More recent findings have begun to reveal the molecular mechanism by which curcumin impacts the immune system by reducing the expression of particular receptors on macrophages – immune cells that kill pathogens and trigger the activation of other immune cells. This modulation is important for relieving the discomfort of pain and inflammation, and also aids in controlling for over-reactive immune responses. Amid the COVID-19 pandemic, research into the possible use of curcumin to lessen the severity of the virus’s symptoms revealed that curcumin supplementation led to a decrease in common symptoms, duration of hospitalization, and deaths.

The molecular structure of curcumin. Evidence has shown that it can bind to and suppress particular enzymes involved in inflammation and cell proliferation. Image: Wikimedia Commons, CC0 1.0.

It seems as though curcumin is the golden cure and can be used to treat and possibly prevent some of the most notorious diseases faced by humans. So, why hasn’t curcumin overtaken the medical field as a therapeutic for maladies like inflammatory diseases and cancer? First, curcumin is not foolproof – as with any treatment, there are some associated drawbacks. Its effects take time to impact the body and negative side effects have been reported, with prolonged consumption at high doses being linked with nausea, diarrhea and yellow stool.

But the larger problem is that, despite the scientific research devoted to discovering more about curcumin, there is simply not enough data for medical professionals to feel confident about its efficacy for treating specific conditions and diseases. Research regarding how curcumin interacts with other medications and chemotherapeutic drugs is scarce. Dosing, duration of use, and long-term side effects are not well known and there have been no studies conducted in children. In traditional use, low-level consumption of turmeric over a long period of time was thought to be most beneficial, but those guidelines are insufficient for clinical use. The initial introduction of curcumin as a clinical treatment would likely be low-profile, such as an alternative non-steroidal anti-inflammatory drug (NSAID) to treat pain and inflammation, but without the severe gastrointestinal issues associated with NSAIDs, like peptic ulcers and bleeding.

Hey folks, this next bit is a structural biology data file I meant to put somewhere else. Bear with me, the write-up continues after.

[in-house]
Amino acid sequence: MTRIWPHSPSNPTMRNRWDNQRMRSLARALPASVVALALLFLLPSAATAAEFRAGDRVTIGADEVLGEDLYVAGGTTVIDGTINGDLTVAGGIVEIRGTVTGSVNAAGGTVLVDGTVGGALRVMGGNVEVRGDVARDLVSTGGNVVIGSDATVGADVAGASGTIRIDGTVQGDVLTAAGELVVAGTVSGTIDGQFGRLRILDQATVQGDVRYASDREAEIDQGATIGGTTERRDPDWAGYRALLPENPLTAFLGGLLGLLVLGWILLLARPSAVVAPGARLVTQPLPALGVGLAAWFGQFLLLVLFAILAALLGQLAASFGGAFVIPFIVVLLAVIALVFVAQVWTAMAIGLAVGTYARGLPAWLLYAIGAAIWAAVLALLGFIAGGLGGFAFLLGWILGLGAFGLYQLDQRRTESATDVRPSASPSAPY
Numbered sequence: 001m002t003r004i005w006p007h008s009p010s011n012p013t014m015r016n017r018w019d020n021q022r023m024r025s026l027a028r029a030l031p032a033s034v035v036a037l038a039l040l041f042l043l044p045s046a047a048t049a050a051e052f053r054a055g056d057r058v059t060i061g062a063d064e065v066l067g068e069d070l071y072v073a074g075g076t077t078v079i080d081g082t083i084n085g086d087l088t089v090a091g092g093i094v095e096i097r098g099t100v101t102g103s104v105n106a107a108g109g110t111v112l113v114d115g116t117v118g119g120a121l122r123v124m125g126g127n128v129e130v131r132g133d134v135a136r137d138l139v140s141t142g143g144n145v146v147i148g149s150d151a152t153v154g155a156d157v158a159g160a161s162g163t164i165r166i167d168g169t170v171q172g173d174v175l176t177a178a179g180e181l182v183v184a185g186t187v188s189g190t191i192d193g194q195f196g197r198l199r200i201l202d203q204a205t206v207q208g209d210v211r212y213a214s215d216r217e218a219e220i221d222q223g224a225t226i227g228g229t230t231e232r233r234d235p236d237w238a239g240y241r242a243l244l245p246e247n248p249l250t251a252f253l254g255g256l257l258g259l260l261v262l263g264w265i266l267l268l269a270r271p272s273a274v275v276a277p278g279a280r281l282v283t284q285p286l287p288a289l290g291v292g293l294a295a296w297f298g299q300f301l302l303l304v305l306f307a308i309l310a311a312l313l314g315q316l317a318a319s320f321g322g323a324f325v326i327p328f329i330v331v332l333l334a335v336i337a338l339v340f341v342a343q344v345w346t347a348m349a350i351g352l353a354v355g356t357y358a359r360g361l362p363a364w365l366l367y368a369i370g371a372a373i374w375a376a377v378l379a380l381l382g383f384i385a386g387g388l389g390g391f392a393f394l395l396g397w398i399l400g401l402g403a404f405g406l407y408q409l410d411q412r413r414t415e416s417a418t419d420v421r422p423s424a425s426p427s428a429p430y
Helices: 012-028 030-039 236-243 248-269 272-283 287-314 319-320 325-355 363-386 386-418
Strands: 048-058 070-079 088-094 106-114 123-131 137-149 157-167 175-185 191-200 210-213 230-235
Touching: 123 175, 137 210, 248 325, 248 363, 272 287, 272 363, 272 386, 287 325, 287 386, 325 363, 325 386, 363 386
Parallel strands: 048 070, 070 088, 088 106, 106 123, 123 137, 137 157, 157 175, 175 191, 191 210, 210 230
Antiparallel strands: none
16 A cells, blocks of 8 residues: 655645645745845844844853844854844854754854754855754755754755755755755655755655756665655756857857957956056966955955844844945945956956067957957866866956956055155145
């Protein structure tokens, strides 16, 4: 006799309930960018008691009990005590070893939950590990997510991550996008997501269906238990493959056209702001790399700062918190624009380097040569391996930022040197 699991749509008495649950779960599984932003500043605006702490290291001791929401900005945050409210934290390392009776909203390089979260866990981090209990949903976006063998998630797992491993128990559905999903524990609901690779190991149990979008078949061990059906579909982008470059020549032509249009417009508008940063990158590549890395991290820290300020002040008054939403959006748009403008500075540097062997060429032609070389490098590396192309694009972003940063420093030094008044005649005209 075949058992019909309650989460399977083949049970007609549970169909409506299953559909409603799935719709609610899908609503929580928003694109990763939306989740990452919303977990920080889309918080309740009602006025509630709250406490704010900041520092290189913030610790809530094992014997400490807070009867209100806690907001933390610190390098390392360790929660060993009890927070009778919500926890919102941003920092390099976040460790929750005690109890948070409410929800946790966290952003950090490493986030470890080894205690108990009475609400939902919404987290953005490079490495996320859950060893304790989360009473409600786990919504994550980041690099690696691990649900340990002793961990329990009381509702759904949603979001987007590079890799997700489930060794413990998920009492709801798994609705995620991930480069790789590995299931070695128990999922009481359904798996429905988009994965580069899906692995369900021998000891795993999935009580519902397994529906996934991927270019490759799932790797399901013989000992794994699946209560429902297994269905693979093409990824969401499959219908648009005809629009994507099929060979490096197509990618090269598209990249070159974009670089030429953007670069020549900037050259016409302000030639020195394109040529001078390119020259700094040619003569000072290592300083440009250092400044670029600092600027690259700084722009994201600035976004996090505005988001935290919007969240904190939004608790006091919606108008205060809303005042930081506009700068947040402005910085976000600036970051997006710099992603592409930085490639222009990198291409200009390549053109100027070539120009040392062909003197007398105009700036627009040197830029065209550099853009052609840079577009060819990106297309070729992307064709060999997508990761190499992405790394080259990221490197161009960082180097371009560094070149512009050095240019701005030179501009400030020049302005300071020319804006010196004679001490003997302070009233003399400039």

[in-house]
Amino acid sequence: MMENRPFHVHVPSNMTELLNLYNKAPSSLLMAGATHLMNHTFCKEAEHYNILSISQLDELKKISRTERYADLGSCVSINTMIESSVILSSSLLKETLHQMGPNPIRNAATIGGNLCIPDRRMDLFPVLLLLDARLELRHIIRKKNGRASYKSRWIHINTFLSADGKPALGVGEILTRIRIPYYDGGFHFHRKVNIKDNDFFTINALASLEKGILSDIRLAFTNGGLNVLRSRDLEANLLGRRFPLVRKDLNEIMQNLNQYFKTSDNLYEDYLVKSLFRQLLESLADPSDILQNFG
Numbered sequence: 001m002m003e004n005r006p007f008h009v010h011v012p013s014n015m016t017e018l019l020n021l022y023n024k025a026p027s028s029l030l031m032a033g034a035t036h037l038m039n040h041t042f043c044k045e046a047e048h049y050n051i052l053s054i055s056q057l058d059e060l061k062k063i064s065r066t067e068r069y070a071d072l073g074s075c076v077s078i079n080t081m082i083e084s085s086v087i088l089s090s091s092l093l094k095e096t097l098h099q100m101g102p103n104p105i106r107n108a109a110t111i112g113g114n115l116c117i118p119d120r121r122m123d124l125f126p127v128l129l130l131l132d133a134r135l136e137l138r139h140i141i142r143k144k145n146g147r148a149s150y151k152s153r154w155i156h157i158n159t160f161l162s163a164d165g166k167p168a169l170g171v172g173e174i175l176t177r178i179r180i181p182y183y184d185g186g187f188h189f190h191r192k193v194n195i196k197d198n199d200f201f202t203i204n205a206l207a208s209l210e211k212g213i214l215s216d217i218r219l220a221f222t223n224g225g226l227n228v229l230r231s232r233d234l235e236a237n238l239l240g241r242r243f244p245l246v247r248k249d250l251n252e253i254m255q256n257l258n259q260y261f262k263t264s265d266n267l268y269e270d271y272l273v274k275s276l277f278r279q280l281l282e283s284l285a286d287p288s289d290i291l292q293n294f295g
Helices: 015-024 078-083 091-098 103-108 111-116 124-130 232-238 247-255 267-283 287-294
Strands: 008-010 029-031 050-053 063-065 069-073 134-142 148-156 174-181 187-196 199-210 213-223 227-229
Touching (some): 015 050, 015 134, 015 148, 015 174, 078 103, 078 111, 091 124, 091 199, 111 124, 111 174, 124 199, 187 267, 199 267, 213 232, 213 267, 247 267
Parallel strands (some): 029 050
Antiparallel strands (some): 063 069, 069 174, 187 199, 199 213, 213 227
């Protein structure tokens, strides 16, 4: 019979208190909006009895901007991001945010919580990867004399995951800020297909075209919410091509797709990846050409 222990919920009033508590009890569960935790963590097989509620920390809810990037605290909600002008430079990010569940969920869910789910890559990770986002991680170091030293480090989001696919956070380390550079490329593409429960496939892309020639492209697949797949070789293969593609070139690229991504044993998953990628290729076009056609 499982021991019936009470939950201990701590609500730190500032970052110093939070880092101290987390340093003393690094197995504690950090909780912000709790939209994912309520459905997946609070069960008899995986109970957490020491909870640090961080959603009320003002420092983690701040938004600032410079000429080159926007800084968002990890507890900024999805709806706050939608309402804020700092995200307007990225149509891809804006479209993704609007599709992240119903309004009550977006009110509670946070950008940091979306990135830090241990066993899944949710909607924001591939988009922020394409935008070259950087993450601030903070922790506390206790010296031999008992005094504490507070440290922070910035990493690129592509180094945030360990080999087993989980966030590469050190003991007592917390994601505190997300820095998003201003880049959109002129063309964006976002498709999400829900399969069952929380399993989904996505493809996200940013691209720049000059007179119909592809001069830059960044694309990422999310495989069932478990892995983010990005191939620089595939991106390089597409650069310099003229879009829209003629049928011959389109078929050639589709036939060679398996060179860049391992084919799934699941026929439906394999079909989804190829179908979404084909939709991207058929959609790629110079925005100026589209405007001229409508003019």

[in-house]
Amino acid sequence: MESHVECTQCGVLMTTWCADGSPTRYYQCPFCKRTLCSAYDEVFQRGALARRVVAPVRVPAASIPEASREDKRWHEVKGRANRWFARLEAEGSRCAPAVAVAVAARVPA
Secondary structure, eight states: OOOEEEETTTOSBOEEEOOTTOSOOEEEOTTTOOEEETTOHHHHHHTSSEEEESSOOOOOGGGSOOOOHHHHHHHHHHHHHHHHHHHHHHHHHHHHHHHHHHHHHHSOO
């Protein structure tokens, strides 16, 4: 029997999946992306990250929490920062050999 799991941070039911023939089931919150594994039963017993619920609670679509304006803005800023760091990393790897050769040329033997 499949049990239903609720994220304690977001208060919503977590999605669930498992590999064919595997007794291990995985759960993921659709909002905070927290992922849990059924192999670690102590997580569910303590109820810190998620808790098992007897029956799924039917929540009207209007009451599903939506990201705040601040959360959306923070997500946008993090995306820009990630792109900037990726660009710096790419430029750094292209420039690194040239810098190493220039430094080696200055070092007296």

Unfortunately, there are also issues when it comes to recommending natural products as medication and health remedies. The U.S. Food and Drug Administration (FDA) has not approved curcumin for the treatment of any medical conditions, and it is currently labelled as a dietary supplement. This means curcumin supplements are regulated as a food product, not a drug. For products such as curcumin that have increasing evidence suggesting drug-like effects, it is important to have tight regulations concerning distribution standards. Dietary supplements are not formally reviewed for manufacturing consistency, so ingredients and recommended dosages may vary considerably between companies. Health Canada labels curcumin as a natural health product that is a source of antioxidants and provides relief from joint inflammation, though dosing guidelines remain elusive.

With the growing evidence of curcumin’s medical benefits and greater availability of supplements, people may become overly optimistic about the positive effects of curcumin, which can lead to excessive consumption of a product that has significant biological impacts. Being a natural product, it’s best to use and consume curcumin in moderation, and understand that supplementation for specific medical effects is not currently supported by data nor strictly regulated.

Feature image: Turmeric, known as the “golden spice” has long been used in both Indian cuisine and Indian holistic medicine. Image: Karl Solano, CC.